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The art of self-care and healing is something we should all learn from an early age, but unfortunately, too many of us don’t. That’s why places like the  Arogya Healing Holistic Center in Westport, Connecticut, can be an important part of our wellness plan. “It’s all nature,” Wei Bertram, Arogya’s founder, says, looking around her at the serene space she created. “Healing is about being in nature. It isn’t normal to sit in front of a computer all day, and drive through traffic to commute. Our brain is not made that way. Arogya is about living in harmony with nature, and bringing body, mind, and spirit into a new awareness.”

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“People get many things done in a day, and then there’s more to do,” she added. “I work on myself. I take care of myself. No one will take care of you other than yourself, but we have to be taught. More than what we say, people walk into Arogya and want this feeling in their lives.”

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Wei explains that she has always been fascinated by her traditional Chinese heritage, and the mystique of Chinese medicine. By founding Arogya in 2000, her intention was to bring the healing traditions of the east into our contemporary lifestyles, which she sees as being in desperate need for true balance and well-being.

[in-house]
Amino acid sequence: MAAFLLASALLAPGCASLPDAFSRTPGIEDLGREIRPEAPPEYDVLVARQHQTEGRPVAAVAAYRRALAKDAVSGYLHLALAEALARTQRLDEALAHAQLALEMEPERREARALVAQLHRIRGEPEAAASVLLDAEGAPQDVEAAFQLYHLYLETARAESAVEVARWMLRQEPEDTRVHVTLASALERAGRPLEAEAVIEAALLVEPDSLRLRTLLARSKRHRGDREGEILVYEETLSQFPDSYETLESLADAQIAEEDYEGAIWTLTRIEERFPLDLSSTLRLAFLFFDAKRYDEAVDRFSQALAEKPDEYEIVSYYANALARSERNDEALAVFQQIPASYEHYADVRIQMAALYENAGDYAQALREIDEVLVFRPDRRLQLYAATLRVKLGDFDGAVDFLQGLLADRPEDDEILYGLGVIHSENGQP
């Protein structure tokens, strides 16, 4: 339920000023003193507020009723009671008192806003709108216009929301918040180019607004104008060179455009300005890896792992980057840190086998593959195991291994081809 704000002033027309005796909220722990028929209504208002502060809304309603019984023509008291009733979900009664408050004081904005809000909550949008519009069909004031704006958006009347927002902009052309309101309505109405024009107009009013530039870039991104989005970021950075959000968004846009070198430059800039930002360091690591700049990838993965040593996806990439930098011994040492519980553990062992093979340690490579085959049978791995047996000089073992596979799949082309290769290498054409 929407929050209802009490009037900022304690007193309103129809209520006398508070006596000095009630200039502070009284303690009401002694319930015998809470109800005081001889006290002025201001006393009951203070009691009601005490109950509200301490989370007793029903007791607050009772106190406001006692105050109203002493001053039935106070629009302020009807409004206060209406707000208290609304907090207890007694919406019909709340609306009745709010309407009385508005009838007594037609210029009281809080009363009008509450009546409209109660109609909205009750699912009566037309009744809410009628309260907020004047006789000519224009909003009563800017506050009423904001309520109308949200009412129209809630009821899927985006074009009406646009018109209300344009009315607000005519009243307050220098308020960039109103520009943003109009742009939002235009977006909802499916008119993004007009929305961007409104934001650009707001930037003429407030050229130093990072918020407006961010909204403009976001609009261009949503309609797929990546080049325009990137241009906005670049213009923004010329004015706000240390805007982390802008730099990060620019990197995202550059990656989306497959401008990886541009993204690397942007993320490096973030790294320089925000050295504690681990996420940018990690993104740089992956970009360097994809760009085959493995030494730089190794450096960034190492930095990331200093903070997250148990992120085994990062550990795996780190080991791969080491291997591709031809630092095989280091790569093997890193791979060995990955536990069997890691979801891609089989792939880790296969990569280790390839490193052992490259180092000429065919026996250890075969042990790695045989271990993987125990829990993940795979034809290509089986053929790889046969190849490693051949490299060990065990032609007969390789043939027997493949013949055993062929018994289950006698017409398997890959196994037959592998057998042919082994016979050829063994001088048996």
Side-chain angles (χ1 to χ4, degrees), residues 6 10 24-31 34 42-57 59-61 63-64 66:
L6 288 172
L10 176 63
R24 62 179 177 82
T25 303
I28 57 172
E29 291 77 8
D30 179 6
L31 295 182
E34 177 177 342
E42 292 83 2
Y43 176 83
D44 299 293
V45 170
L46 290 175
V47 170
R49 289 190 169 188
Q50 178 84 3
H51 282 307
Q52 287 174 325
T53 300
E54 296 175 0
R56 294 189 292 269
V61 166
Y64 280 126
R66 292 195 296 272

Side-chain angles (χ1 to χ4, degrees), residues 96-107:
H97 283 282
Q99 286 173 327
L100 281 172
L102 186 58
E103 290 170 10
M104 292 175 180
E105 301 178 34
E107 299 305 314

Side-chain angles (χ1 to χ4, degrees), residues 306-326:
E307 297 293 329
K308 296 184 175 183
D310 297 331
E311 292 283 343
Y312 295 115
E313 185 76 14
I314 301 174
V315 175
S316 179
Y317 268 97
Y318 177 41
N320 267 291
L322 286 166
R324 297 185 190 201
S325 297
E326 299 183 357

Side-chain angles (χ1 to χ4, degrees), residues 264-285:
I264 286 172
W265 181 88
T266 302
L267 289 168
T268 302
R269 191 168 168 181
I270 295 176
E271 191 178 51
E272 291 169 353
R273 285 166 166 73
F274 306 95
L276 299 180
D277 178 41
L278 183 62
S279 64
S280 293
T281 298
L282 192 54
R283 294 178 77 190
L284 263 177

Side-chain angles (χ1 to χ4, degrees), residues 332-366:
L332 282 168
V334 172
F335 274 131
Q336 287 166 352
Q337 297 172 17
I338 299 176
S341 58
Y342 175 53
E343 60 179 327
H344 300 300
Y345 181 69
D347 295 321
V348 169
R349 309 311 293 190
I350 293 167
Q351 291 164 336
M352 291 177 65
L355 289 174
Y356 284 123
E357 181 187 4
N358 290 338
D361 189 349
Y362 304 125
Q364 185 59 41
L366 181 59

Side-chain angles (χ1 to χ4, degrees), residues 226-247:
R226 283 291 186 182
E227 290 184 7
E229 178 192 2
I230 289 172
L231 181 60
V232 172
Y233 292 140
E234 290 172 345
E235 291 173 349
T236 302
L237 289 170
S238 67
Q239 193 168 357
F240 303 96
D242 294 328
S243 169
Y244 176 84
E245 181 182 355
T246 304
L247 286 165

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As a longtime believer in holistic lifestyle practices, I was delighted to find Arogya so close to home. It’s easy to forget self-care until our bodies are in a chronic state of dis-ease, but as I have learned and as Wei believes, the best time to support our health is before we lose it. Luckily for those of us in Connecticut or the greater New York area, Arogya is a healing resource right in our midst!

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Arogya means “whole health” in Sanskrit. In addition to integrative Chinese medicine, yoga and massage therapy, the center also offers a wide selection of organic teas, all natural skincare products and personalized herbal remedies. The beautiful store also offers natural candles, essential oils and artisan perfumes created by Wei.

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If you aren’t close enough to experience the beauty of a treatment at Arogya spa, be sure to check out their blog, which has dozens of articles on self-care and holistic healing. Here are five ideas from Wei and Arogya to help you be the best caretaker for yourself: